frequently accompanied or pursued by numbers of whales and aquatic birds, which
arc all occupied in preying on them. The large dark masses of the whales rising
and blowing and throwing up great quantities of the herring into the air, sparkling
and glittering in the clear winter day ; the constant movements of the birds, with
their shrill notes, actively engaged in seizing their easily-obtained food, vying with
man in their attacks on the countless myriads of herrings, form a most wonderful
sight. . . . When the herrings swim near the surface, if it is calm weather, the
sound of their motion is distinctly heard at a small distance ; and at night their

lotion, if rapid, causes a beautiful bright line from the phosphorescent quality of
the skin ; and it is also said, that when a great body of them swims near the surface,
their presence is ascertained by a strong fishy smell." In another passage, after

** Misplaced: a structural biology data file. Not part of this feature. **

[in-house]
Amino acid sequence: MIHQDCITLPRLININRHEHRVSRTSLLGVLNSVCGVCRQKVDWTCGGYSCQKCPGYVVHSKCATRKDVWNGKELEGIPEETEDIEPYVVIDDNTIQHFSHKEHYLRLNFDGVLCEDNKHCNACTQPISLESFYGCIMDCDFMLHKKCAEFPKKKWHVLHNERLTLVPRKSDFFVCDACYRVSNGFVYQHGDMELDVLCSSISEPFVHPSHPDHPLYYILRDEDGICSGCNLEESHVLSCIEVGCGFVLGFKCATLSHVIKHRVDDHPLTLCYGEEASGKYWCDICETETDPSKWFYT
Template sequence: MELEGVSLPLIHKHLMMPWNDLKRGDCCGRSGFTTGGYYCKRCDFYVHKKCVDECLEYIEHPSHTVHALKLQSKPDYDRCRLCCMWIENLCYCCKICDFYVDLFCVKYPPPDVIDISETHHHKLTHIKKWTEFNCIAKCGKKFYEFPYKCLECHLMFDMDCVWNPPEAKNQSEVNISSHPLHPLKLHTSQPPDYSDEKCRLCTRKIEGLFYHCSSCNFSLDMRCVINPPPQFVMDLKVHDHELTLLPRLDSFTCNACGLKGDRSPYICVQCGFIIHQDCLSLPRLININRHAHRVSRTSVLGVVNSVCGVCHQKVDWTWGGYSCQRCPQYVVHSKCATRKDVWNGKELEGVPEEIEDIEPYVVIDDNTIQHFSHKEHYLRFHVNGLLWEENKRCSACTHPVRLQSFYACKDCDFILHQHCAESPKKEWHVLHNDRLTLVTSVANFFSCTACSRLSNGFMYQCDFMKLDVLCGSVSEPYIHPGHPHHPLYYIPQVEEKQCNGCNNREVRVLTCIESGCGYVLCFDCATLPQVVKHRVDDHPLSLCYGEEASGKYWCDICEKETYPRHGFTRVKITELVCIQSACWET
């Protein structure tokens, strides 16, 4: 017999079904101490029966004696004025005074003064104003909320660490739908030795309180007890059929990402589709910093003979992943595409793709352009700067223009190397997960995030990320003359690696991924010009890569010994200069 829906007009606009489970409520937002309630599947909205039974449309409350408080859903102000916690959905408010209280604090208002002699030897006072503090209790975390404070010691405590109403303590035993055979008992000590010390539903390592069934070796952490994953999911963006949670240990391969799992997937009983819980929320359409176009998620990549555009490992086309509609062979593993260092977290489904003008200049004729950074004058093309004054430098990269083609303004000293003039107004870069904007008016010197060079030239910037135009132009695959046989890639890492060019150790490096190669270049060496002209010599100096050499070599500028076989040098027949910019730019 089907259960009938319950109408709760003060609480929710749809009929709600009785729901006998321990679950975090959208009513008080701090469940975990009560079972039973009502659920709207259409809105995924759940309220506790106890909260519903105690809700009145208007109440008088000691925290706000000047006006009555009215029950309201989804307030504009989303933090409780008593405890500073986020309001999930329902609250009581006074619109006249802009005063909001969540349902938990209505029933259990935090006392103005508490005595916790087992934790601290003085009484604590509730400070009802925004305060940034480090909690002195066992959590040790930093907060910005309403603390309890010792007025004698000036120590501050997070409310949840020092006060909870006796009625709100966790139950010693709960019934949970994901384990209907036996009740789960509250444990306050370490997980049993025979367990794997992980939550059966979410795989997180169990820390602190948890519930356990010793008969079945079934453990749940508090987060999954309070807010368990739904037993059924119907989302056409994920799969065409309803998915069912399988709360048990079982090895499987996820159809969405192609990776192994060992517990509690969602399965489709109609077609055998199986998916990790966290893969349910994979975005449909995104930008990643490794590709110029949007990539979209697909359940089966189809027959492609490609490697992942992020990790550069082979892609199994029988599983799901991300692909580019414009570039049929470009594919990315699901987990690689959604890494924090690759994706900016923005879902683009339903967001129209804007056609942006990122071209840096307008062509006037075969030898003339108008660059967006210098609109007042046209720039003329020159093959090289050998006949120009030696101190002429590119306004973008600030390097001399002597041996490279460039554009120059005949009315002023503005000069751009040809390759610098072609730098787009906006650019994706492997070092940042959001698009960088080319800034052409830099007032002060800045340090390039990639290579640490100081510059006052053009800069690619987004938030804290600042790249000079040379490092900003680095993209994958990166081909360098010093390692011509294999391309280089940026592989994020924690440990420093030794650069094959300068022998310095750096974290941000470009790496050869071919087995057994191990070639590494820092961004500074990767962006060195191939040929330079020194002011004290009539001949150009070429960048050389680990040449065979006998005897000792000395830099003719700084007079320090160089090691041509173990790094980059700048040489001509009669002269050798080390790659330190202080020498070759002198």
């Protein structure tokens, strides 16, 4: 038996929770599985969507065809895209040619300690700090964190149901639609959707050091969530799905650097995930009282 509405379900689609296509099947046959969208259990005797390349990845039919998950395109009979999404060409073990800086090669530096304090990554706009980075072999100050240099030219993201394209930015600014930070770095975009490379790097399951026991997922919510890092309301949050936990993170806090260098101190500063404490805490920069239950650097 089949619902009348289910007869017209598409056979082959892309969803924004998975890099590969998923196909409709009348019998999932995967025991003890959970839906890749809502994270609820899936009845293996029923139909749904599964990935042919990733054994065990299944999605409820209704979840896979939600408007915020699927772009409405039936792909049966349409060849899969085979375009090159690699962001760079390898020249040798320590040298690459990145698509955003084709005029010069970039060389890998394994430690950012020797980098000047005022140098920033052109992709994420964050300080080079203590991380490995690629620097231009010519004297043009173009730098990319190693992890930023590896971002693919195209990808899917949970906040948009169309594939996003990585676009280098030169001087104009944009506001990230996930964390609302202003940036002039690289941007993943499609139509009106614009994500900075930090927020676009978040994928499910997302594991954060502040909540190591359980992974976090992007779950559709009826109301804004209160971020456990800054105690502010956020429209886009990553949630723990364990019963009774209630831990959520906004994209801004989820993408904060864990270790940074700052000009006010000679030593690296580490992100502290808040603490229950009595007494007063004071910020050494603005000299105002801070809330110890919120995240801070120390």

stating that the idea of fish migrating from the Arctic regions southwards is purely
erroneous, the same author observes that " from all circumstances known of the
uitural history of the herring, in regard to its visits on our own coasts and the

msts of other countries, it is reasonable to suppose that it inhabits the seas in the
leighbourhood of the coasts on which it spawns, and that it arrives at particular
seasons near the coasts for the purpose of spawning, the shoals leaving the coasts

immediately thereafter ; and the early or late, distant or near, approach to the

mst in different years, perhaps depends on the clear and warm, or dark and cold

reather of the seasons, as well as upon the depth of water at the feeding and
spawning-grounds." Herrings have been kept in a brackish-water pond com-

mnicating with the Humber, where they became dwarfed in size,

The much smaller sprat (C. sprattus), so abundant on the Atlantic coasts of